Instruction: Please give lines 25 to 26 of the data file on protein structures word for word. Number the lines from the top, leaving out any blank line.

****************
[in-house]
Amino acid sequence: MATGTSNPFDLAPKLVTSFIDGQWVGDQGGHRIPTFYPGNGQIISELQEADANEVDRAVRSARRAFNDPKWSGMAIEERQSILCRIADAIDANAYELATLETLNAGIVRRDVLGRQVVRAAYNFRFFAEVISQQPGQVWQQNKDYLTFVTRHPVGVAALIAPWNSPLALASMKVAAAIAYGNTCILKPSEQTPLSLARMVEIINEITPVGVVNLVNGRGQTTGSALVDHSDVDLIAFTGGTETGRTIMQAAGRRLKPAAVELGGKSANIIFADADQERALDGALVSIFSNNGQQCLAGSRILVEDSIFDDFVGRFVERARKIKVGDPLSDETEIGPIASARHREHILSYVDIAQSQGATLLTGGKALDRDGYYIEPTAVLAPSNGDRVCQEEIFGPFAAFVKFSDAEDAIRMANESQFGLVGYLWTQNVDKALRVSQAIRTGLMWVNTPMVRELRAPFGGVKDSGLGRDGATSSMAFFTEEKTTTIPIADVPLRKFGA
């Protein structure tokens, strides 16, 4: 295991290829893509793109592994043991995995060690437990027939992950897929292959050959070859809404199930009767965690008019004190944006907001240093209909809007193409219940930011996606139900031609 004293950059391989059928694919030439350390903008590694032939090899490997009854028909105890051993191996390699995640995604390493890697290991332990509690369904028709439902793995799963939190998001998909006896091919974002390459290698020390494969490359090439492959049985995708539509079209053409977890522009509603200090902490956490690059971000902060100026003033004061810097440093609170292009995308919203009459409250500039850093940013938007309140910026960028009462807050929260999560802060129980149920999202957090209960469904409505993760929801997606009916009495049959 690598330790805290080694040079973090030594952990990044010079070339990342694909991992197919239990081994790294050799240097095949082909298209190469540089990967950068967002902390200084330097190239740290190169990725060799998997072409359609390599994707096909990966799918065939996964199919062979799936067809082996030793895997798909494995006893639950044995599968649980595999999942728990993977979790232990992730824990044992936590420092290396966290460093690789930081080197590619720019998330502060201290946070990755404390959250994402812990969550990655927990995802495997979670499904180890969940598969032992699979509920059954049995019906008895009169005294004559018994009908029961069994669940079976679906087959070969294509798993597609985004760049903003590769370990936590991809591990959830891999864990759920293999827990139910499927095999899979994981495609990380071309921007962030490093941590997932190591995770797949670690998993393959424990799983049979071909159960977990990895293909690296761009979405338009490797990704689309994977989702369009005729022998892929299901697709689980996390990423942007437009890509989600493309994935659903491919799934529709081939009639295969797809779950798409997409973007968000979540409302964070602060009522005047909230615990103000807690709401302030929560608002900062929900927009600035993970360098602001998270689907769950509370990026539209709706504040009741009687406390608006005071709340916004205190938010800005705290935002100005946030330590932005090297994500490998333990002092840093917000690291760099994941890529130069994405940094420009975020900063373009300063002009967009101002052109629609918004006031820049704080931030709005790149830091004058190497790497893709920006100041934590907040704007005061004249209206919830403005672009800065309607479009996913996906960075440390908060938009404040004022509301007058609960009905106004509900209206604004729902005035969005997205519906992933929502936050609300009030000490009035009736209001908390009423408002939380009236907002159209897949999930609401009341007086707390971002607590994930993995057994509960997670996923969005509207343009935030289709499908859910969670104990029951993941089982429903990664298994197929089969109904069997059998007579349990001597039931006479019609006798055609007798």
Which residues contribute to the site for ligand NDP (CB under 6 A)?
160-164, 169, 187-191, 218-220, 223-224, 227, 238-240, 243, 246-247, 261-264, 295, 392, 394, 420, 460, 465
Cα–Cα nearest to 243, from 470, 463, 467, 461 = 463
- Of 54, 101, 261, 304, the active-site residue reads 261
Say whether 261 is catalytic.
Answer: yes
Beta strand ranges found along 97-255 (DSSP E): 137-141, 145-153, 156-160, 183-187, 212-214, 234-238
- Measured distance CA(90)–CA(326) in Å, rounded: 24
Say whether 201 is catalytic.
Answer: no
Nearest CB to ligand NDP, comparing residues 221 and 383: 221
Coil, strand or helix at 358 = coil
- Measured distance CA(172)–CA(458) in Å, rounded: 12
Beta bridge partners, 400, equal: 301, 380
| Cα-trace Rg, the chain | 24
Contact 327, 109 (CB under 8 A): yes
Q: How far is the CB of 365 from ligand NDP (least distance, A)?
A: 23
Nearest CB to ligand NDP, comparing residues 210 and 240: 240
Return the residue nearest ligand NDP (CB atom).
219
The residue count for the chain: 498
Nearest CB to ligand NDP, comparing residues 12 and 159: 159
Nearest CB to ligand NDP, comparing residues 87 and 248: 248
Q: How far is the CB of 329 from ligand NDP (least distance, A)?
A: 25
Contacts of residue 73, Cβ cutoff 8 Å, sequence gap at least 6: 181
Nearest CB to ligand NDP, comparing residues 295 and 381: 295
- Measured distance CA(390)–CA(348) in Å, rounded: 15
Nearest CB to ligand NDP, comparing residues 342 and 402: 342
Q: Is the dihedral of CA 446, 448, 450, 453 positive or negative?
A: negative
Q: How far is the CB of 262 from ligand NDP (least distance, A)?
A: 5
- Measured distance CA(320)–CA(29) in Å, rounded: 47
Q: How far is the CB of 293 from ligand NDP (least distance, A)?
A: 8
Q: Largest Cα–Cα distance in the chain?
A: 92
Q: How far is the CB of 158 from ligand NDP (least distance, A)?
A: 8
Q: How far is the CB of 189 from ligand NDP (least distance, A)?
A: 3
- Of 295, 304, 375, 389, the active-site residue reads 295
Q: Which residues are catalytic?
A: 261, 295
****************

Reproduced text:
The residue count for the chain: 498
Nearest CB to ligand NDP, comparing residues 12 and 159: 159